I left thinking that Systems Thinking may be a dead language. It is seldom spoken in business and only a few study it. It may be the basis and important part of how we must view things, but it has been swallowed up in the dialect of other methodologies. It reminds of the Latin language. Latin is an important part of most Mediterranean languages, but it is not spoken. Its usefulness has passed.

Republished with author's permission from original post.

Joseph Dager
Business901 is a firm specializing in bringing the continuous improvement process to the sales and marketing arena. He has authored the books the Lean Marketing House, Marketing with A3 and Marketing with PDCA. The Business901 Blog and Podcast includes many leading edge thinkers and has been featured numerous times for its contributions to the Bloomberg's Business Week Exchange.


  1. Joseph, I feel your pain!

    Unfortunately, the same thing happens in most any group when an outsider attempts to challenge, er, educate the group. There is a tendency to get locked into a way of thinking and reject other ideas. A form of groupthink, I believe.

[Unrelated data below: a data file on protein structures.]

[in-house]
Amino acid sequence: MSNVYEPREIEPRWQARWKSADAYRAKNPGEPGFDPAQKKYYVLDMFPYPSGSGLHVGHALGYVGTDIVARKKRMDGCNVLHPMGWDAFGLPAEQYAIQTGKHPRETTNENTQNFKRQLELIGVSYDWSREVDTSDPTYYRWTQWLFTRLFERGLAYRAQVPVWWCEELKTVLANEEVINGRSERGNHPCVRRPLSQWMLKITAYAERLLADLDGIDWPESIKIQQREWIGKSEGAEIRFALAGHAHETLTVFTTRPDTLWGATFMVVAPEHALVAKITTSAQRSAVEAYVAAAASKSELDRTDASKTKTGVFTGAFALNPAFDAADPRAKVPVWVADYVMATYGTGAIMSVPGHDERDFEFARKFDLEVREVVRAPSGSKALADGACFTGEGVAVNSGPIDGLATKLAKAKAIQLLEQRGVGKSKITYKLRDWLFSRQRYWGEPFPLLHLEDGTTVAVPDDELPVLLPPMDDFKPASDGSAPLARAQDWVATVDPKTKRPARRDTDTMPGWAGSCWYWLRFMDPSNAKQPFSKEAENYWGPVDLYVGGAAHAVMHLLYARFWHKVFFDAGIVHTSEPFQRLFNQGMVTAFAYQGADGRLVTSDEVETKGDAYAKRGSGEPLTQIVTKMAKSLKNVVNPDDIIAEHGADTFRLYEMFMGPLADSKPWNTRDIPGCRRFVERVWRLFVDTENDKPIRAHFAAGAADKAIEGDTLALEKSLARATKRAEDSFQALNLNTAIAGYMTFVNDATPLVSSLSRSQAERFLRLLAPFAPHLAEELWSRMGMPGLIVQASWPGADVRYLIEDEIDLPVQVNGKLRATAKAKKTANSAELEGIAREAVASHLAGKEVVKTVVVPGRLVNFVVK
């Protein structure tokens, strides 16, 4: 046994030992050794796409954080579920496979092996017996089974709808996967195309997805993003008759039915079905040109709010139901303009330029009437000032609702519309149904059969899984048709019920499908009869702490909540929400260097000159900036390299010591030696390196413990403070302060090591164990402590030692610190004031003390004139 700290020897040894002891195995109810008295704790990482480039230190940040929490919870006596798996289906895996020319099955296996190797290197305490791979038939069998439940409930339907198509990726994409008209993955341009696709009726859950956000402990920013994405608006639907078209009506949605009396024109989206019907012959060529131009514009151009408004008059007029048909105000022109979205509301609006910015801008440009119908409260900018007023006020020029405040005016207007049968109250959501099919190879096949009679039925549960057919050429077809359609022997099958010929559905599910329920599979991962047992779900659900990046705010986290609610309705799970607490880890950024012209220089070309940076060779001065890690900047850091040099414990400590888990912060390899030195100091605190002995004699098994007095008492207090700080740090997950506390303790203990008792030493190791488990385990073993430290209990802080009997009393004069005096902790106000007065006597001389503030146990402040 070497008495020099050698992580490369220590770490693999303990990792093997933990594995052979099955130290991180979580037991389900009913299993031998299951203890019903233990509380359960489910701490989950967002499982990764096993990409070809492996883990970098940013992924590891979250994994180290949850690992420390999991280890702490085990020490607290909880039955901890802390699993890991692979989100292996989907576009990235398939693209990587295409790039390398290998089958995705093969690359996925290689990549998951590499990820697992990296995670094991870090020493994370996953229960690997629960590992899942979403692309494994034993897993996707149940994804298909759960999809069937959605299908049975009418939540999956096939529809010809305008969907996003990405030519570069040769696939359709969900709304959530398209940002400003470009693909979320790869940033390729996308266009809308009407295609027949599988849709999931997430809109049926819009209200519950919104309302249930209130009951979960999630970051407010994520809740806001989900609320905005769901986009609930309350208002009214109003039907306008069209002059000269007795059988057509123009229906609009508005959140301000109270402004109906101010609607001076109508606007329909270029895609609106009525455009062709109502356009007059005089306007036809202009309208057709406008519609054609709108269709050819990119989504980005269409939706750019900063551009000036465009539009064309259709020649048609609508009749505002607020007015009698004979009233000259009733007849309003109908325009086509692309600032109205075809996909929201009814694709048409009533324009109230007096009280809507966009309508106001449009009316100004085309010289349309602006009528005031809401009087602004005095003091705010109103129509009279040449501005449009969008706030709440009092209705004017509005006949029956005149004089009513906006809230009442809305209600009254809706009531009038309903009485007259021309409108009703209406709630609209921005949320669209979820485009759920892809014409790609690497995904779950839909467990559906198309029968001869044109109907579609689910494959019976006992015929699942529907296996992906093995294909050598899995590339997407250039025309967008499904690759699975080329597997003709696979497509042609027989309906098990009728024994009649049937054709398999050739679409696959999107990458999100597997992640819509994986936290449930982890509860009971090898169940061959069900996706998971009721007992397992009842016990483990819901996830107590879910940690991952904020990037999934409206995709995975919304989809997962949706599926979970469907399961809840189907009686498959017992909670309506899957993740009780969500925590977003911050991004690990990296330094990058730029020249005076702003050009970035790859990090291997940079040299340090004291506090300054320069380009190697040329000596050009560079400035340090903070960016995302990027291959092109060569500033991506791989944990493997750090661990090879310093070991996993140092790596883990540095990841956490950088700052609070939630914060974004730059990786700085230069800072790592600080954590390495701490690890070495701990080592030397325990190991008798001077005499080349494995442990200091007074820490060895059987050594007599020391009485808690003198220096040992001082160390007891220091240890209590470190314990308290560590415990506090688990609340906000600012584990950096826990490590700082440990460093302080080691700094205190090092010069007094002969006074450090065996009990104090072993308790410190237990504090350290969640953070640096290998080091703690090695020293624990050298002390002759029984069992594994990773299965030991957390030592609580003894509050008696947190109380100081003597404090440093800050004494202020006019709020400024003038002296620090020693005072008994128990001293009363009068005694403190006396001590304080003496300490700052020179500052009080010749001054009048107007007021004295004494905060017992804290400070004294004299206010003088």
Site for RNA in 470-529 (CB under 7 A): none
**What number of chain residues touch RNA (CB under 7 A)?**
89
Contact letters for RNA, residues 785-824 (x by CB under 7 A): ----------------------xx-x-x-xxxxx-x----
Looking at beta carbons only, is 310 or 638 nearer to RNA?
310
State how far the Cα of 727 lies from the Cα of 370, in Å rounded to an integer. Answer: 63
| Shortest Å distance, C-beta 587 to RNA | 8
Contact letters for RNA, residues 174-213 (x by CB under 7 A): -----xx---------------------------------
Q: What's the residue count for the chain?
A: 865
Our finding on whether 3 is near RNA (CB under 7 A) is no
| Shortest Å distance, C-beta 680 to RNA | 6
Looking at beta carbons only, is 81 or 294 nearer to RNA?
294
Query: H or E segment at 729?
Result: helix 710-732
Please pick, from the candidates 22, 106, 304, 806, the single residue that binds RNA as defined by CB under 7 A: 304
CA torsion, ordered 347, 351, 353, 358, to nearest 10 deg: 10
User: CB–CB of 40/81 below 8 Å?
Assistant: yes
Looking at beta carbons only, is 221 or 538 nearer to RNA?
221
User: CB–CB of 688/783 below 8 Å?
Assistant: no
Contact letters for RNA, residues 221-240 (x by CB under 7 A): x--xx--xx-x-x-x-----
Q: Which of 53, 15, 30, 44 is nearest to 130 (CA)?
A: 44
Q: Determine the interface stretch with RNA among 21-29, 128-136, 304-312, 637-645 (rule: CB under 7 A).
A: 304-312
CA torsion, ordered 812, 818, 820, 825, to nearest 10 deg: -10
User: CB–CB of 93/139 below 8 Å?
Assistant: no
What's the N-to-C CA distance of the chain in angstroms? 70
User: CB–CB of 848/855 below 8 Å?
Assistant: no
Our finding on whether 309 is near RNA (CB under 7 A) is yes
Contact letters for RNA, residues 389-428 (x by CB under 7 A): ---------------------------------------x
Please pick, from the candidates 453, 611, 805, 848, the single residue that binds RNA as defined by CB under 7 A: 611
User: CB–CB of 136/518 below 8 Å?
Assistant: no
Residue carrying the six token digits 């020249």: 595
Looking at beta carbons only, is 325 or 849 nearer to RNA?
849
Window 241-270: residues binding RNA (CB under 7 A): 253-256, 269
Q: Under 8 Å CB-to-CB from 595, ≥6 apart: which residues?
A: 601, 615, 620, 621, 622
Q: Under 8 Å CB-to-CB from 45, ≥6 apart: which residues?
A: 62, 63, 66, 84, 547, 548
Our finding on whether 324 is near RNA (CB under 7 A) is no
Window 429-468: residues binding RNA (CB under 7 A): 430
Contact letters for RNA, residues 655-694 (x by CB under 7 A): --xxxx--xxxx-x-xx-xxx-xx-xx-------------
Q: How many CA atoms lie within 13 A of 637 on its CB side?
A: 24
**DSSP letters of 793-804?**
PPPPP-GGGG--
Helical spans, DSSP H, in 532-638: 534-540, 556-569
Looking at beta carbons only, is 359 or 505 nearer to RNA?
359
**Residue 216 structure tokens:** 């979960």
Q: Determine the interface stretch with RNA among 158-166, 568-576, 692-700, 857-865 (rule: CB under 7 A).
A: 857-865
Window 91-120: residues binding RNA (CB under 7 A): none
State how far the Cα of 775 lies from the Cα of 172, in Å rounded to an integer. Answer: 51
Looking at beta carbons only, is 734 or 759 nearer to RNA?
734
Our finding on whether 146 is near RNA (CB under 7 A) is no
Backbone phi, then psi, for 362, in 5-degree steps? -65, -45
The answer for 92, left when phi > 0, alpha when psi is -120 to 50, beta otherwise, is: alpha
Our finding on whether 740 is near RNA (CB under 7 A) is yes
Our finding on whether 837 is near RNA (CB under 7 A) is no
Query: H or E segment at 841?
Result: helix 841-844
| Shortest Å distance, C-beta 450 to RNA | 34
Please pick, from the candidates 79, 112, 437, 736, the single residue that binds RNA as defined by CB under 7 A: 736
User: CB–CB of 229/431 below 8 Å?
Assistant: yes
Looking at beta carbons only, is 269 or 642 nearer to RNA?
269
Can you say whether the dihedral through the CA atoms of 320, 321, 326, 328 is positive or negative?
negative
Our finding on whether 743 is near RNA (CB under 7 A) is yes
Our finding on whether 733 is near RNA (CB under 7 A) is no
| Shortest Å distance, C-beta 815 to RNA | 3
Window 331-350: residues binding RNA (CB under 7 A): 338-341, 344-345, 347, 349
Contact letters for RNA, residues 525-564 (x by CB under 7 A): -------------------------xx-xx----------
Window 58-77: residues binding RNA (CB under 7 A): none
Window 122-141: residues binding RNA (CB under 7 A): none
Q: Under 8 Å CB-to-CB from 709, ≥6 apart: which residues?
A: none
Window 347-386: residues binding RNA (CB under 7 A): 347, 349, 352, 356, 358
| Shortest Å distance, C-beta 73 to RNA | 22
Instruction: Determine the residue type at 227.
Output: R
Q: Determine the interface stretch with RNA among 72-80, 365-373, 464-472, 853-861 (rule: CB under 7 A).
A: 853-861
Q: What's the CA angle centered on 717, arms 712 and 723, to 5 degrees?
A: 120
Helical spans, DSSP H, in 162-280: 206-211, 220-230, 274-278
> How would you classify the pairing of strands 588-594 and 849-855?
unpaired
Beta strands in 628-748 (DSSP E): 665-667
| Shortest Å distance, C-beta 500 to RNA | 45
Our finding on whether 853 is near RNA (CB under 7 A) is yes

Can you say it would be different in Lean groups? Or CEM? Or CRM? Or SDL?

    For a presentation one time I compiled a list of a dozen different terms, each purported to be “the answer” to business success.

    When you look at CRM vs. CEM, for example, you find that CRM experts say CEM is included. CEM experts say just the opposite. Depending on how these terms are defined, both can be right!

    My own research finds a lot of common ground, but important differences in orientation. I see the two ideas in more of a yin-yang relationship.

    In regards to “Systems Thinking” I can’t honestly say I know the formal definition. But I’ve come to the conclusion that great customer-centric businesses have better systems for getting work done that creates customer value. And I don’t mean system in the tech sense.

    One positive trend is that the customer is becoming a bigger part of many of these ideas. But it can be difficult for the market to accept an “evolved” definition. Just ask the CRMers, who contend CRM a strategy but the market thinks of it as automation tools.

  2. Thanks for the comment Bob, great analogy with CRM.

    It does seem to be about orientation. It’s not about the path we take to get to the top of the mountain. It’s just about getting there.

  3. Hello Joseph

    Yes, lean is popular within business. That does not make it better or worse than Systems Thinking. Popular means it is an idea/methodology that fits with the times. Like the movie genre of westerns did once in the USA and does not today.